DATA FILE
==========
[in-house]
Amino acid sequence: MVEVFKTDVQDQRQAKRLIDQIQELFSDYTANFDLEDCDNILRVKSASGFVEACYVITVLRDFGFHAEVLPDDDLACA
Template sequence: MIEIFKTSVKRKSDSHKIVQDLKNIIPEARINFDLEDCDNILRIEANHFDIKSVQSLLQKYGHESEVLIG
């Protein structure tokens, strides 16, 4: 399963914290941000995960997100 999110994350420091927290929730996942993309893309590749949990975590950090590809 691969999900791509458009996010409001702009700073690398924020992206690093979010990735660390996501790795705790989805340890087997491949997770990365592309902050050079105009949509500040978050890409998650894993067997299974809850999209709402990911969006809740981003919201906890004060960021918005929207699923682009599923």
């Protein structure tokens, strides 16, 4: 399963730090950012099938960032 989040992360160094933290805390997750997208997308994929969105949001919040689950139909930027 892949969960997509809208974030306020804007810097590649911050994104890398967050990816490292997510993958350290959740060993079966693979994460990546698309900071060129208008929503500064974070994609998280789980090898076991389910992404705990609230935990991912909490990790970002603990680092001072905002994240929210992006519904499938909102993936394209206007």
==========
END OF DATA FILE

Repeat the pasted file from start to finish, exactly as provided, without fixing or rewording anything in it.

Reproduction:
[in-house]
Amino acid sequence: MVEVFKTDVQDQRQAKRLIDQIQELFSDYTANFDLEDCDNILRVKSASGFVEACYVITVLRDFGFHAEVLPDDDLACA
Template sequence: MIEIFKTSVKRKSDSHKIVQDLKNIIPEARINFDLEDCDNILRIEANHFDIKSVQSLLQKYGHESEVLIG
């Protein structure tokens, strides 16, 4: 399963914290941000995960997100 999110994350420091927290929730996942993309893309590749949990975590950090590809 691969999900791509458009996010409001702009700073690398924020992206690093979010990735660390996501790795705790989805340890087997491949997770990365592309902050050079105009949509500040978050890409998650894993067997299974809850999209709402990911969006809740981003919201906890004060960021918005929207699923682009599923």
């Protein structure tokens, strides 16, 4: 399963730090950012099938960032 989040992360160094933290805390997750997208997308994929969105949001919040689950139909930027 892949969960997509809208974030306020804007810097590649911050994104890398967050990816490292997510993958350290959740060993079966693979994460990546698309900071060129208008929503500064974070994609998280789980090898076991389910992404705990609230935990991912909490990790970002603990680092001072905002994240929210992006519904499938909102993936394209206007």